If you'd rather not sign up with an email address, I also have a blog post on addressing each of the eight sensory systems here.

And if you would like to learn all about sensory avoiding, sensory seeking, and under-responsive behaviors along with tips, tools, and strategies for parents and educators, I have co-authored a book with my good friend Sharla. Sensory Processing Explained: A Handbook for Parents and Educators is your one-stop read for anything and everything related to sensory processing.

We address sensory vs. behavior (and how to tell the difference), sensory meltdowns vs. tantrums, and give you tips, tools, and strategies for addressing sensory needs in the home or classroom.


Follow Heather | Growing Hands-On Kids's board Sensory Processing Explained on Pinterest.
You May Also Like: 

Sensory Processing Overload Signs in the Classroom. Plus a free printable download of sensory overload signs.

Heather Greutman, COTA

Heather Greutman is a Certified Occupational Therapy Assistant with experience in school-based OT services for preschool through high school. She uses her background to share child development tips, tools, and strategies for parents, educators, and therapists. She is the author of many ebooks including The Basics of Fine Motor Skills, and Basics of Pre-Writing Skills, and co-author of Sensory Processing Explained: A Handbook for Parents and Educators.


  1. Paige DeLapa says:

    My 5 year old son can’t keep his hands to
    Himself and is rough with the kids in his
    Class. Is this sensory seeking or sensory
    Avoiding or just a bad behavior?

  2. My 5yo has SPD and I myself had it undiagnosed as a child (and still retain some symptoms). As such, it’s a subject I find touchy (erm…) and I want to thank you for some brilliant posts. I wish more OT’s were as informed as you around the world and though they try their best, I don’t think many are.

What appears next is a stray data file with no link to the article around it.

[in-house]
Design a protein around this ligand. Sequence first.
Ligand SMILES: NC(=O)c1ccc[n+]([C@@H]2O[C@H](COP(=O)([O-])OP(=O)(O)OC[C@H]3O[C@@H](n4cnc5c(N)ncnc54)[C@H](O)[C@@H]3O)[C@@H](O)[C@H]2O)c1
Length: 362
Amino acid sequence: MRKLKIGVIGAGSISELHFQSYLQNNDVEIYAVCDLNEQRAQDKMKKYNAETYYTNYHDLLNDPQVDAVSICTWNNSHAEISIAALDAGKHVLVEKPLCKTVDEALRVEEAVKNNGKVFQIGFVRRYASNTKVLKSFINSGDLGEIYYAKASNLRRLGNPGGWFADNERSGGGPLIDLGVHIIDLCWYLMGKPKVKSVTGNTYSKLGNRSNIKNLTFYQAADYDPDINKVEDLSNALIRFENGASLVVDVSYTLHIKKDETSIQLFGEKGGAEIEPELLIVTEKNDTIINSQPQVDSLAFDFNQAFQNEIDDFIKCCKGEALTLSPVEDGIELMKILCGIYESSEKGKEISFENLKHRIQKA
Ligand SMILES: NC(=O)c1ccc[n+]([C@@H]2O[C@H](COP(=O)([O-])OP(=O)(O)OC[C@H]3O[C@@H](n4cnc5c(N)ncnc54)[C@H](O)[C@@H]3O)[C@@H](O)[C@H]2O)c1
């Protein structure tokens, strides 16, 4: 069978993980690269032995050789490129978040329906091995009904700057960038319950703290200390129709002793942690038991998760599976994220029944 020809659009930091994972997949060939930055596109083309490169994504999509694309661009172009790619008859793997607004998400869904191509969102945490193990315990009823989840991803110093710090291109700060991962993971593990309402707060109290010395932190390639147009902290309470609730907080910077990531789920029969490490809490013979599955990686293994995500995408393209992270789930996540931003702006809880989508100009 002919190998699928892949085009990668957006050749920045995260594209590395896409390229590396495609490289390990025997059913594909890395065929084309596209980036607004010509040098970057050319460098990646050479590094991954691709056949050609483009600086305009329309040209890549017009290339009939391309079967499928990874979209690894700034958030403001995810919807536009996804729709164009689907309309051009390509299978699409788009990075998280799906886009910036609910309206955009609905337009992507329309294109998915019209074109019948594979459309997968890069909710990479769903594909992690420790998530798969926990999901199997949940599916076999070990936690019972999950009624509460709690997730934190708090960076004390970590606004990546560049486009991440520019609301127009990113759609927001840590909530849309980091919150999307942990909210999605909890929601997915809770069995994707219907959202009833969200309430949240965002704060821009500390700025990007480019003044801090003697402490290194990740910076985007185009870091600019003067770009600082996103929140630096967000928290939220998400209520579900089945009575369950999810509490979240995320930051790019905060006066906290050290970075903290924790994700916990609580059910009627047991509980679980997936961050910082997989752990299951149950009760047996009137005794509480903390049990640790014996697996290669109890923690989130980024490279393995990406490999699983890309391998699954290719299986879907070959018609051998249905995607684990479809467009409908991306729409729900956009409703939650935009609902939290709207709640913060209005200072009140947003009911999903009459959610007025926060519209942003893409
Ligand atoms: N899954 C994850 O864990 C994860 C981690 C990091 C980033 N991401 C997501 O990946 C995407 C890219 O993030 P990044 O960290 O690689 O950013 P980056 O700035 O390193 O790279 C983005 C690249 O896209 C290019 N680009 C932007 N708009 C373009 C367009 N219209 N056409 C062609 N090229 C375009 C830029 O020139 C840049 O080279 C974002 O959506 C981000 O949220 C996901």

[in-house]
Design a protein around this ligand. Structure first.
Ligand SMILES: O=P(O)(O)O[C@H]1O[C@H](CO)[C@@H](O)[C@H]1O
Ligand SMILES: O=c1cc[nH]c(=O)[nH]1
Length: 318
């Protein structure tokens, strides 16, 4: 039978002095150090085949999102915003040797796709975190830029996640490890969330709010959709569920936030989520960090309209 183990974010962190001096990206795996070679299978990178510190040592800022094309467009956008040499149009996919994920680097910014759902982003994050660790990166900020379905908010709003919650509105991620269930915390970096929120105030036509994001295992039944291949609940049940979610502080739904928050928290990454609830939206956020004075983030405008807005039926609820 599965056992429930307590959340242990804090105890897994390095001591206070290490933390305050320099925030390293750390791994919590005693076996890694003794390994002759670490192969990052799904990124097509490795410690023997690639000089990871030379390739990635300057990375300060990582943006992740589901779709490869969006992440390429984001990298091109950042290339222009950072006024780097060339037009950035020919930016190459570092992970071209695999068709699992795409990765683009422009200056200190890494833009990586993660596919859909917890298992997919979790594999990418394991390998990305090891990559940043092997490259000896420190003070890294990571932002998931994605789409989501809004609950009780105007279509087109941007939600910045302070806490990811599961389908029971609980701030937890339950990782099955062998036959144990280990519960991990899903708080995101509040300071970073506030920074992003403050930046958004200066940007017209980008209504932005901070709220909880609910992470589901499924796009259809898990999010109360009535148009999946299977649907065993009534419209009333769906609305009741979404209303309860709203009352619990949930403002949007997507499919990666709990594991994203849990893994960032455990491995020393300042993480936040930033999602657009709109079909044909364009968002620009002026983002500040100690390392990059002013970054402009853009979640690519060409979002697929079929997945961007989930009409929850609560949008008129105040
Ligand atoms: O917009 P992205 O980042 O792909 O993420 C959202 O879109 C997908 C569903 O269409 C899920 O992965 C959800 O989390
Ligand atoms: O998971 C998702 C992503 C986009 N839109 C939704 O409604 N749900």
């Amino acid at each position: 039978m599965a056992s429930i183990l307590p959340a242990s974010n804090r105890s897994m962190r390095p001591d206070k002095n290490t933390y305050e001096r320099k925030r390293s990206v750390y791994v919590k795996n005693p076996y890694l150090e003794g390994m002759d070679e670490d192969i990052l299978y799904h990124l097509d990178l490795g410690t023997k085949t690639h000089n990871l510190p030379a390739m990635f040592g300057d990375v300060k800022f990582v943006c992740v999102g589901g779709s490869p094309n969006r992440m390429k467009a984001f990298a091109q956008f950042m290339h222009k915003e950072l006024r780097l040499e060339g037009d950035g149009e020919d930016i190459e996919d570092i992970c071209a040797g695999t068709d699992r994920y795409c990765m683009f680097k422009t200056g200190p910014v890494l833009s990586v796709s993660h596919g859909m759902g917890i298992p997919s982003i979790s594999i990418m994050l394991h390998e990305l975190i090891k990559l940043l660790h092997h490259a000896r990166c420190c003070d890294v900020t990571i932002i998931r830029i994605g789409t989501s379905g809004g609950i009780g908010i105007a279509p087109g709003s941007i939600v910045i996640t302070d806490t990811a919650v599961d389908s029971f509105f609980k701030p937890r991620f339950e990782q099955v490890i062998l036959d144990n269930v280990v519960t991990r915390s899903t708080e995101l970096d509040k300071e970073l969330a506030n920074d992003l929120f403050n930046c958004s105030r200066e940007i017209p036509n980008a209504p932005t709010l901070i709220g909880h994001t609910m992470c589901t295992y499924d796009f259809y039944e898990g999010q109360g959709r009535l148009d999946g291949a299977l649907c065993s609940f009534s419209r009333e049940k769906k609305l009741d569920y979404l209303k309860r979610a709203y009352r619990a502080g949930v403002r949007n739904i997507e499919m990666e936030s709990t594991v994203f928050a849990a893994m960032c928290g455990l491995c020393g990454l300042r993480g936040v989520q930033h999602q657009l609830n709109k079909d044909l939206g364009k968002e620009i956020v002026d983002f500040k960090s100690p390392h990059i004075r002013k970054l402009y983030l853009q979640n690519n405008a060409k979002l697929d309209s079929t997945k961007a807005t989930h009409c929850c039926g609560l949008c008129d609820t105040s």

Comments are closed.

CONTENT DISCLAIMER: Heather Greutman is a Certified Occupational Therapy Assistant.
All information on the Website is for informational purposes only and is not a replacement for medical advice from a physician or your pediatrician. Please consult with a medical professional if you suspect any medical or developmental issues with your child. The information on the Websites does not replace the relationship between therapist and client in a one-on-one treatment session with an individualized treatment plan based on their professional evaluation. The information provided on the Website is provided “as is” without any representations or warranties, express or implied.

Do not rely on the information on the Website as an alternative to advice from your medical professional or healthcare provider. You should never delay seeking medical advice, disregard medical advice, or discontinue medical treatment as a result of any information provided on the Website. All medical information on the Website is for informational purposes only.

All activities outlined on the Website are designed for completion with adult supervision. Please use your own judgment with your child and do not provide objects that could pose a choking hazard to young children. Never leave a child unattended during these activities. Please be aware of and follow all age recommendations on all products used in these activities. Growing Hands-On Kids is not liable for any injury when replicating any of the activities found on this blog.

YOUR RESPONSIBILITY The Website was developed strictly for informational purposes. You understand and agree that you are fully responsible for your use of the information provided on the Website. Growing Hands-On Kids makes no representations, warranties, or guarantees. You understand that results may vary from person to person. Growing Hands-On Kids assumes no responsibility for errors or omissions that may appear on the Website.